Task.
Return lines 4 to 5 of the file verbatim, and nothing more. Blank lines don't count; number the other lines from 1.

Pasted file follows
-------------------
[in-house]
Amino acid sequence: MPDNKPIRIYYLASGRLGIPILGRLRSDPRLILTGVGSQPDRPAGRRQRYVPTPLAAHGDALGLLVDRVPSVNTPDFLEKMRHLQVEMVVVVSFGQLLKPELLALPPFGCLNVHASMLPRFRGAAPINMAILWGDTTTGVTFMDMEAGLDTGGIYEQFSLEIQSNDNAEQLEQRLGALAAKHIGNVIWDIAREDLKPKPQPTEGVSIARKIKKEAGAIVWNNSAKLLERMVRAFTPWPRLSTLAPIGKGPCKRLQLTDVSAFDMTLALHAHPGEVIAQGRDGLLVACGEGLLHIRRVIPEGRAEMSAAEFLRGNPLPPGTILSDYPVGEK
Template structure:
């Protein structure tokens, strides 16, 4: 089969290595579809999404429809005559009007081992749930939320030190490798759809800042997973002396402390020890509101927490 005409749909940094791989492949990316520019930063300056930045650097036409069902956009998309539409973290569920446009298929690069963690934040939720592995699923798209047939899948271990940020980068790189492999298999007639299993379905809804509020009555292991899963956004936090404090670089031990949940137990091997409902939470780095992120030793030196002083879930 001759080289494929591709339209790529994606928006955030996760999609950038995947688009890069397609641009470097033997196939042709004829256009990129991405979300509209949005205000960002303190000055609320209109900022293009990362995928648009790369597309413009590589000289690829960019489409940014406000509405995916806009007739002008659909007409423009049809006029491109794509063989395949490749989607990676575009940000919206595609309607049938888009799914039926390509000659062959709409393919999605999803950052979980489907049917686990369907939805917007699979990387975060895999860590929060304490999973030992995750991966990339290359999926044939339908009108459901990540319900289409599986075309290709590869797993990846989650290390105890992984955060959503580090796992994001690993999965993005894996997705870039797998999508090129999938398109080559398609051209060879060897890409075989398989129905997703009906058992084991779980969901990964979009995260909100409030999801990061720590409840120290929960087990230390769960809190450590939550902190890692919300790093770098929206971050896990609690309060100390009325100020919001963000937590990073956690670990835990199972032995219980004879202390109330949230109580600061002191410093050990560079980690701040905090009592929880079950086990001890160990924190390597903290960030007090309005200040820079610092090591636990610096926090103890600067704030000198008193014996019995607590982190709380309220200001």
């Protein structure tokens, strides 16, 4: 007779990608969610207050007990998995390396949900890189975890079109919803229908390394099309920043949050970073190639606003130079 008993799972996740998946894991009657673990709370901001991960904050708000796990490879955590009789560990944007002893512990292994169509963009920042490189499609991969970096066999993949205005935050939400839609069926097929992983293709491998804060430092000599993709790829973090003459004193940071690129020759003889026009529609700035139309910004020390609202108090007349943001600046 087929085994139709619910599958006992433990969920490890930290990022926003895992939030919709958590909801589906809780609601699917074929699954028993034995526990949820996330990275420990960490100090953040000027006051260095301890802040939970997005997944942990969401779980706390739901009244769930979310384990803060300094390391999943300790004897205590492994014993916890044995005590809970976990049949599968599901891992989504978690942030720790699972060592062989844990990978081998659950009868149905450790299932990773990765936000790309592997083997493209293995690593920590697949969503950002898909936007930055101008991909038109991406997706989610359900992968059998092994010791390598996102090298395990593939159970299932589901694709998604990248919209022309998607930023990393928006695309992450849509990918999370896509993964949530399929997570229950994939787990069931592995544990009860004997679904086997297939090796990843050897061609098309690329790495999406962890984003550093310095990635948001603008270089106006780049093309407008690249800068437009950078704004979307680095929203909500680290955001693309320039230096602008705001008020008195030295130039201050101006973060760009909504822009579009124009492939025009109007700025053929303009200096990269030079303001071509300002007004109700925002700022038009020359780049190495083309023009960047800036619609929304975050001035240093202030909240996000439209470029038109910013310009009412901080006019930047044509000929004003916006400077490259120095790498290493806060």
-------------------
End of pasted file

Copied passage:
């Protein structure tokens, strides 16, 4: 089969290595579809999404429809005559009007081992749930939320030190490798759809800042997973002396402390020890509101927490 005409749909940094791989492949990316520019930063300056930045650097036409069902956009998309539409973290569920446009298929690069963690934040939720592995699923798209047939899948271990940020980068790189492999298999007639299993379905809804509020009555292991899963956004936090404090670089031990949940137990091997409902939470780095992120030793030196002083879930 001759080289494929591709339209790529994606928006955030996760999609950038995947688009890069397609641009470097033997196939042709004829256009990129991405979300509209949005205000960002303190000055609320209109900022293009990362995928648009790369597309413009590589000289690829960019489409940014406000509405995916806009007739002008659909007409423009049809006029491109794509063989395949490749989607990676575009940000919206595609309607049938888009799914039926390509000659062959709409393919999605999803950052979980489907049917686990369907939805917007699979990387975060895999860590929060304490999973030992995750991966990339290359999926044939339908009108459901990540319900289409599986075309290709590869797993990846989650290390105890992984955060959503580090796992994001690993999965993005894996997705870039797998999508090129999938398109080559398609051209060879060897890409075989398989129905997703009906058992084991779980969901990964979009995260909100409030999801990061720590409840120290929960087990230390769960809190450590939550902190890692919300790093770098929206971050896990609690309060100390009325100020919001963000937590990073956690670990835990199972032995219980004879202390109330949230109580600061002191410093050990560079980690701040905090009592929880079950086990001890160990924190390597903290960030007090309005200040820079610092090591636990610096926090103890600067704030000198008193014996019995607590982190709380309220200001």
């Protein structure tokens, strides 16, 4: 007779990608969610207050007990998995390396949900890189975890079109919803229908390394099309920043949050970073190639606003130079 008993799972996740998946894991009657673990709370901001991960904050708000796990490879955590009789560990944007002893512990292994169509963009920042490189499609991969970096066999993949205005935050939400839609069926097929992983293709491998804060430092000599993709790829973090003459004193940071690129020759003889026009529609700035139309910004020390609202108090007349943001600046 087929085994139709619910599958006992433990969920490890930290990022926003895992939030919709958590909801589906809780609601699917074929699954028993034995526990949820996330990275420990960490100090953040000027006051260095301890802040939970997005997944942990969401779980706390739901009244769930979310384990803060300094390391999943300790004897205590492994014993916890044995005590809970976990049949599968599901891992989504978690942030720790699972060592062989844990990978081998659950009868149905450790299932990773990765936000790309592997083997493209293995690593920590697949969503950002898909936007930055101008991909038109991406997706989610359900992968059998092994010791390598996102090298395990593939159970299932589901694709998604990248919209022309998607930023990393928006695309992450849509990918999370896509993964949530399929997570229950994939787990069931592995544990009860004997679904086997297939090796990843050897061609098309690329790495999406962890984003550093310095990635948001603008270089106006780049093309407008690249800068437009950078704004979307680095929203909500680290955001693309320039230096602008705001008020008195030295130039201050101006973060760009909504822009579009124009492939025009109007700025053929303009200096990269030079303001071509300002007004109700925002700022038009020359780049190495083309023009960047800036619609929304975050001035240093202030909240996000439209470029038109910013310009009412901080006019930047044509000929004003916006400077490259120095790498290493806060």